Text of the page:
One of the things Host is most excited about is that MBA is in line to see its first female chair in its 128-year history. Mary Childs is expected to succeed him in May 2018.
“It will be a true honor to turn the gavel over to Mary,” Host said.
While the board guides decision making, Host said the MBA is fortunate to have a great team of staffers that has been led by President Mac Deaver for more than 25 years.
From a legislative perspective, Host said MBA works to be pro-business in its approach so it allows promotion of business and economic expansion throughout the state. He said the banks provide a critical role to provide funding and liquidity to businesses, and to many of the state and municipal entities either through issuing bonds or buying bonds of various state entities.
Host said his role as a member of the Federal Reserve Board of Atlanta allows him to bring the perspective of various businesses to the table.
“For each meeting, I will meet with a cross section of businesses in our footprint throughout the Southeast and find out what is going on in their business in terms of hiring practices, wage pressures, cost of materials, and all other kinds of things that help play into the primary role of the Fed, which is to manage inflation expectations and unemployment,” said Host, who is chairman of the Audit and Risk Management Committee of the Federal Reserve of Atlanta. “The views I express are my own and not necessarily those of the Federal Reserve.”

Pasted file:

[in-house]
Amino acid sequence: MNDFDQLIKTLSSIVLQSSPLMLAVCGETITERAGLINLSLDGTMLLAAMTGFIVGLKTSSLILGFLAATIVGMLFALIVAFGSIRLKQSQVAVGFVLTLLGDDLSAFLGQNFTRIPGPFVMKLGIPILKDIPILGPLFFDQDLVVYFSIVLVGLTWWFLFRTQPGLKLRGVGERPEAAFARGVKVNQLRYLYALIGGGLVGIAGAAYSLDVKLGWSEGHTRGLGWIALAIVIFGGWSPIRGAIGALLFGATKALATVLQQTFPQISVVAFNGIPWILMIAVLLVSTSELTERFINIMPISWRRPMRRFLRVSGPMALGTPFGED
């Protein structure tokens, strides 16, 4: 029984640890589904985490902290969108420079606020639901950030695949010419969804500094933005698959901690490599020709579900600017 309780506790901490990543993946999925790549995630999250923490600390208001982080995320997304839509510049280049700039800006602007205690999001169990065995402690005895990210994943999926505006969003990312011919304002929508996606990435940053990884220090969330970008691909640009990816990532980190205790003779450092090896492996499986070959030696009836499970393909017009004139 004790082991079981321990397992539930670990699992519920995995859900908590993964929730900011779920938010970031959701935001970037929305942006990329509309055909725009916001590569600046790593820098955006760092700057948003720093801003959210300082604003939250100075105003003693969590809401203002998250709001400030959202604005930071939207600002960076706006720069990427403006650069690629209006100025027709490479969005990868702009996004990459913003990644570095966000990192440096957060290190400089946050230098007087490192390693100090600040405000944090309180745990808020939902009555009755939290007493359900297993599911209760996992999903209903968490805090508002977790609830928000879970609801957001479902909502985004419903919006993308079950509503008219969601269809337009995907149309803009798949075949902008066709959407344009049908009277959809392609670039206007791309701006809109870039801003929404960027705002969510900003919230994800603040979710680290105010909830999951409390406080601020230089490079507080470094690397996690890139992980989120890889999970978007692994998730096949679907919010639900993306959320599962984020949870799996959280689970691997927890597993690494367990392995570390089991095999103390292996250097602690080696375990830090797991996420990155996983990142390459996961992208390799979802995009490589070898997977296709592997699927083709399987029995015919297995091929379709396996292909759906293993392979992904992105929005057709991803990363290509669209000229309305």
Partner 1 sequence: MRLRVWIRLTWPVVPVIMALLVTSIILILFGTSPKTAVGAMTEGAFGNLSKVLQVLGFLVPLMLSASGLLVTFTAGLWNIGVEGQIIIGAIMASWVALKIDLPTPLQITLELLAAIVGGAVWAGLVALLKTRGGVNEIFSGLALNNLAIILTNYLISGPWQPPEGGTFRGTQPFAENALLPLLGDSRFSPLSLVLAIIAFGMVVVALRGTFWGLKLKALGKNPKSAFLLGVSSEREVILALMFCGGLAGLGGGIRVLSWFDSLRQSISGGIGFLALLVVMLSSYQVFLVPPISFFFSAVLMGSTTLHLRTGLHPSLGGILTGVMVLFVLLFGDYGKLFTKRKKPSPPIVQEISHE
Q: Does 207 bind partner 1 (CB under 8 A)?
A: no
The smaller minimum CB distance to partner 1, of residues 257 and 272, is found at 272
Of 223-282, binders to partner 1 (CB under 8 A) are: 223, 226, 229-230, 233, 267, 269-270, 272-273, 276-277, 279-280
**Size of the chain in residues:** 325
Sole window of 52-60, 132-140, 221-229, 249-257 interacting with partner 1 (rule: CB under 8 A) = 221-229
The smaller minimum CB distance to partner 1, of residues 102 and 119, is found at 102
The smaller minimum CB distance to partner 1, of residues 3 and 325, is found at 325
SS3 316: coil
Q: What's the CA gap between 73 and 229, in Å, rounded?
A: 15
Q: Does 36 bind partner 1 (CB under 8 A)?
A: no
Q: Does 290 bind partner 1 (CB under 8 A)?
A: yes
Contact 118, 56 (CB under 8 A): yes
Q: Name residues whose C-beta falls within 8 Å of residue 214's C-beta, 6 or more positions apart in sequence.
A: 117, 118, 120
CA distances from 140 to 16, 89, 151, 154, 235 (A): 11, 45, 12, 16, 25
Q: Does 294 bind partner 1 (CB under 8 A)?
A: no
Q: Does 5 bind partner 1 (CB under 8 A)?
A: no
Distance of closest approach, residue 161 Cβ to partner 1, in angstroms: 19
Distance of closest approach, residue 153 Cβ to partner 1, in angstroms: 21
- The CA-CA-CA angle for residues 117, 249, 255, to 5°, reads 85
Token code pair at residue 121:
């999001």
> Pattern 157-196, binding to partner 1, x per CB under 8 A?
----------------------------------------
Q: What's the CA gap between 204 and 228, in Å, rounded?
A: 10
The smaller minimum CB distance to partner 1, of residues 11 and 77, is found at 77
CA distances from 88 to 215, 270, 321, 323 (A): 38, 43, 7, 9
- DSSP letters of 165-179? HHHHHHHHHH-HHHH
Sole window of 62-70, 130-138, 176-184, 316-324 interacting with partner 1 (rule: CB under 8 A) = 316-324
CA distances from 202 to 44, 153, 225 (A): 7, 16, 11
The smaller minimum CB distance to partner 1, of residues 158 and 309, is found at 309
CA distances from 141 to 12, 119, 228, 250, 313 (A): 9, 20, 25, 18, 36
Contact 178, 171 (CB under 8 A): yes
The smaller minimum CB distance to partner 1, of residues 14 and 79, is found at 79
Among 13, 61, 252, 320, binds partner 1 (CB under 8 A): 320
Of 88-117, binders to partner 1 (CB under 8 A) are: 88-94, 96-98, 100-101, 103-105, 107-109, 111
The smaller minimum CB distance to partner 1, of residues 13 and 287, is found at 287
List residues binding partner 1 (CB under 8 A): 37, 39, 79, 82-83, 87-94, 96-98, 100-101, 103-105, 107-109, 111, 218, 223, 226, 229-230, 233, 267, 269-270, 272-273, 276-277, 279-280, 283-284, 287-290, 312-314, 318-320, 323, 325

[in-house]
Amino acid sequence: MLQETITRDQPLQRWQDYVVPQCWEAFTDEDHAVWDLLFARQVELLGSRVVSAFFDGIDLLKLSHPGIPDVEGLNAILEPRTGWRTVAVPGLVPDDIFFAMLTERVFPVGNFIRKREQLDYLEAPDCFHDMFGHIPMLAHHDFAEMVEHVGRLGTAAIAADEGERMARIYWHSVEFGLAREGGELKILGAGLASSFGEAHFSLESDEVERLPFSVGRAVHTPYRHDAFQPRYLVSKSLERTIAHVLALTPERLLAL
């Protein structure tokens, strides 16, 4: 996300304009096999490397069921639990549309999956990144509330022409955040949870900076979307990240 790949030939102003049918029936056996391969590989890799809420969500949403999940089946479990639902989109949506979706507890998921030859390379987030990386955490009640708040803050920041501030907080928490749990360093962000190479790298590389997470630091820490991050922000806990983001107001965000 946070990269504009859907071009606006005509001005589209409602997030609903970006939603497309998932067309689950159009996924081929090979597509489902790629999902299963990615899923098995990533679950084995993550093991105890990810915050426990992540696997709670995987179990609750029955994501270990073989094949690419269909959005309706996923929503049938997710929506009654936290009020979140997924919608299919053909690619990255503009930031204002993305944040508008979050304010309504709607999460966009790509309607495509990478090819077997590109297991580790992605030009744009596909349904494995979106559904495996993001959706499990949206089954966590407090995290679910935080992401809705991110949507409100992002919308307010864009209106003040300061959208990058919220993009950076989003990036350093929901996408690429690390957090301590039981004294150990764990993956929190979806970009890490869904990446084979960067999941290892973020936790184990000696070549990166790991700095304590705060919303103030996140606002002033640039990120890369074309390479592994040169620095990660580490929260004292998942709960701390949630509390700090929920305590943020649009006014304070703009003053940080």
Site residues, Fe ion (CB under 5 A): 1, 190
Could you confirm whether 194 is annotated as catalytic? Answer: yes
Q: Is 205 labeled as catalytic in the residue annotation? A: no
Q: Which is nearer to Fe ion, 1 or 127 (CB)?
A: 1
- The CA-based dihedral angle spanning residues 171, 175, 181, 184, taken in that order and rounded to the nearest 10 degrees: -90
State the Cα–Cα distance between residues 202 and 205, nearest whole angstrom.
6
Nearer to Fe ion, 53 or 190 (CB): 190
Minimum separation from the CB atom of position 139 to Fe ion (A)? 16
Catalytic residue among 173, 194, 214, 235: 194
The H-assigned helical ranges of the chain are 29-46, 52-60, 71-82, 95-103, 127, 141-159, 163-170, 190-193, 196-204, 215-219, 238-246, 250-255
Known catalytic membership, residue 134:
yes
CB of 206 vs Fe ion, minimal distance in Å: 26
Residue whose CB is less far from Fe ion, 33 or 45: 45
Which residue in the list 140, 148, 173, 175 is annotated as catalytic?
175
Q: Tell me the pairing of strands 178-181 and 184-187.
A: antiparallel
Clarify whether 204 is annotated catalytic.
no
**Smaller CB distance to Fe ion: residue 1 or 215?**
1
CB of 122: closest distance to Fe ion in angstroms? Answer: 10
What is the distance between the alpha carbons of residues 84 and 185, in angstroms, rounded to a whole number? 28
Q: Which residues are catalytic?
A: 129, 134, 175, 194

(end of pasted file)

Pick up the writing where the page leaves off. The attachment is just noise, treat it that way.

Host said the positives being seen currently include unemployment nationally dropping to 4.3 percent, a 16-year low.
“The challenge is that we have not seen the level of economic growth that we are accustomed to seeing during a recovery,” Host said. “The good news is inflation still remains low, but overall GDP growth has been relatively flat. In the best of times, we would see the economy begin to pick up some speed in terms of overall growth, inflation remain intact, and unemployment remain around these levels. Businesses need to be able to find new employees and maintain existing employees without having a lot of wage pressure put on them.”
Host has been with Trustmark since 1984. Trustmark is a $13.2 billion financial services company with locations in Mississippi, Alabama, Florida, Tennessee and Texas. Host serves on the executive committee for Governor Bryant’s Mississippi Works Initiative, is past chairman of the Board of Governors of the Mississippi Economic Council and currently serves on its executive committee. He is a director and member of the executive committee of the Greater Jackson Chamber board, serves as chairman of the American Cancer Society’s Hope Lodge Mississippi Campaign and is past chairman of board of the Mississippi Museum of Art.